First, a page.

Women in Jazz Call for Inclusion at Lincoln Center
Every so often you experience a day that you know will be historic for women and girls in ten years. Like the day the San Francisco Fire Department allowed women to apply to become firefighters. Or the day that Sandra Day O’Connor became the first woman justice on the United States Supreme Court. Like the day the first woman announced that she would run for the office of President of the United States.
Today, I felt that strongly for women and girls in jazz. Last night, some of the country’s best female jazz musicians, led by ERA’s clients at JazzWomen & Girls Advocates, descended upon Lincoln Center in New York City to call for equal opportunities for female jazz musicians. It turns out that in its entire history, the Jazz at Lincoln Center Orchestra has never had a permanent woman member. Never. And this isn’t surprising. Unlike symphony orchestras which implemented blind auditions 40 years ago to remedy the dismal representation of women, the Jazz at Lincoln Center Orchestra doesn’t conduct any auditions, much less blind ones before a committee. Worse yet, the Jazz at Lincoln Center Orchestra hasn’t historically even posted job openings; new members are handpicked.
But times are changing. As a result of our clients’ brave advocacy, Jazz at Lincoln Center Orchestra has agreed to be more transparent in its hiring of new musicians, and has indicated it will implement job postings, as well as blind auditions.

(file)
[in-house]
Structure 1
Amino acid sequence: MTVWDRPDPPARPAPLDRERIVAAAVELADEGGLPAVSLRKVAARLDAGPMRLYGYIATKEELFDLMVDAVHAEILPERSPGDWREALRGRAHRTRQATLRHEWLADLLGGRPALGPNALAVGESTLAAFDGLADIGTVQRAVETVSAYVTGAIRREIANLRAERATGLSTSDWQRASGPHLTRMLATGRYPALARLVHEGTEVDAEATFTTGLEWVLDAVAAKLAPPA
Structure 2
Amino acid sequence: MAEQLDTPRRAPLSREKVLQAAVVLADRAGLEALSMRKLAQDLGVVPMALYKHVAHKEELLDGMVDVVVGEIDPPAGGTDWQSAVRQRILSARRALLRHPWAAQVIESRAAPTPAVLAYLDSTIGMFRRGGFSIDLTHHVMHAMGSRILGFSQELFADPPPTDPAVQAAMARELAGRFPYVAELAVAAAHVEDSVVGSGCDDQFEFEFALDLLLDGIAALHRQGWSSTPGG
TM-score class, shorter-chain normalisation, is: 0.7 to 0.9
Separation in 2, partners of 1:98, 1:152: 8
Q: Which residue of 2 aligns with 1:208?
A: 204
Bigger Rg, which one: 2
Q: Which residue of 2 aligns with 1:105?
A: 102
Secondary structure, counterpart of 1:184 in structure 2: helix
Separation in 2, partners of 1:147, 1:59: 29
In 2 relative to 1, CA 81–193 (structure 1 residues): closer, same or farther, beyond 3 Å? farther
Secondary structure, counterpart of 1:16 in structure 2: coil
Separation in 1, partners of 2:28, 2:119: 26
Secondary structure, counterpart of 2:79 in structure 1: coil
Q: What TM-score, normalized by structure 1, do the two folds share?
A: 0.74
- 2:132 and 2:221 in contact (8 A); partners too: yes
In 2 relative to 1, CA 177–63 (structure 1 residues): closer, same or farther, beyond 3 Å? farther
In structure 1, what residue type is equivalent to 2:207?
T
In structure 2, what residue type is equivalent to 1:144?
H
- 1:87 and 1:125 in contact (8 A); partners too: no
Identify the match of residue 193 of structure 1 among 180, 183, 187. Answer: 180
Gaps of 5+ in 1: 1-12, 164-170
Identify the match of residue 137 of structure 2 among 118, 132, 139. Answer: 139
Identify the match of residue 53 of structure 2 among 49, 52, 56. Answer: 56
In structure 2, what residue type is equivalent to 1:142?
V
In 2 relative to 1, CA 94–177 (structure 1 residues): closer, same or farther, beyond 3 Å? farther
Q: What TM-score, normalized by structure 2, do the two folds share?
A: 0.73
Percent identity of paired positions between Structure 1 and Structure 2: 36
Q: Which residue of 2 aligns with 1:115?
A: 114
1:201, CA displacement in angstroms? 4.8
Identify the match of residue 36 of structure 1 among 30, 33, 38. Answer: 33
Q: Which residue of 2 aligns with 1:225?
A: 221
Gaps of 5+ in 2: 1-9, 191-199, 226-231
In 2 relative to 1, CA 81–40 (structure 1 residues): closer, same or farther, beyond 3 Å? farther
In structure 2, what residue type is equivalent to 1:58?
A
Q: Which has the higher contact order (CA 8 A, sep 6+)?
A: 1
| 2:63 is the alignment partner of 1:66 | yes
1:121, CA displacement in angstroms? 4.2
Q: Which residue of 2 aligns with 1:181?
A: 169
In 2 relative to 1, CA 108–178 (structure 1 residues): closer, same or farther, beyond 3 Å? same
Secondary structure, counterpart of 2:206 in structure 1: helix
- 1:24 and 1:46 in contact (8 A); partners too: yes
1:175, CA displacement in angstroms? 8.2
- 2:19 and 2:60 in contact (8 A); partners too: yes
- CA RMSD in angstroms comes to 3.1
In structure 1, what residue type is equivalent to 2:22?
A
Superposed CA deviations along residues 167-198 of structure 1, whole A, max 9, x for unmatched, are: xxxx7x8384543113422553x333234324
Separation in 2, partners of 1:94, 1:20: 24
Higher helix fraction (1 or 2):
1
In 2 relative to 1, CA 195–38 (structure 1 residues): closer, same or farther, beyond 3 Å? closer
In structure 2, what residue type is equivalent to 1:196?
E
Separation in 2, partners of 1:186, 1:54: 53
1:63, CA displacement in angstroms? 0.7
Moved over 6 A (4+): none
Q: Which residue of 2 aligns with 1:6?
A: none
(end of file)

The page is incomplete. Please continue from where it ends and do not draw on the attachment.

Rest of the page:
The power of blind auditions cannot be understated. Researchers analyzing the use of them in the symphony orchestra context have determined that
they have a powerful impact, even when the screen is only used for the preliminary round. This step alone makes it 50% more likely that a woman will advance to the finals. And the blind audition has also been demonstrated to be the source of a surge in the number of women being offered positions. Since the 1970’s, the number of women in professional symphony orchestras has skyrocketed – from 5% to 30% in some orchestras today.
Women in jazz cannot boast the same historical success. Indeed, little has changed since blatant sexism of the 1930’s revealed in Judy Chaikin’s stunning documentary “The Girls in the Band.” That is why last night’s rally on the streets in front of Lincoln Center, and the coming changes at the Orchestra, are so historic. Yes, feel free to wave some jazz hands and support our clients’ efforts today, as well as the efforts of our co-counsel, The Liu Law Firm and Outten & Golden. Because just as women refuse to be shut out of the trades, fire departments, or the Oval Office, we will play in professional jazz orchestras at Lincoln Center and elsewhere.
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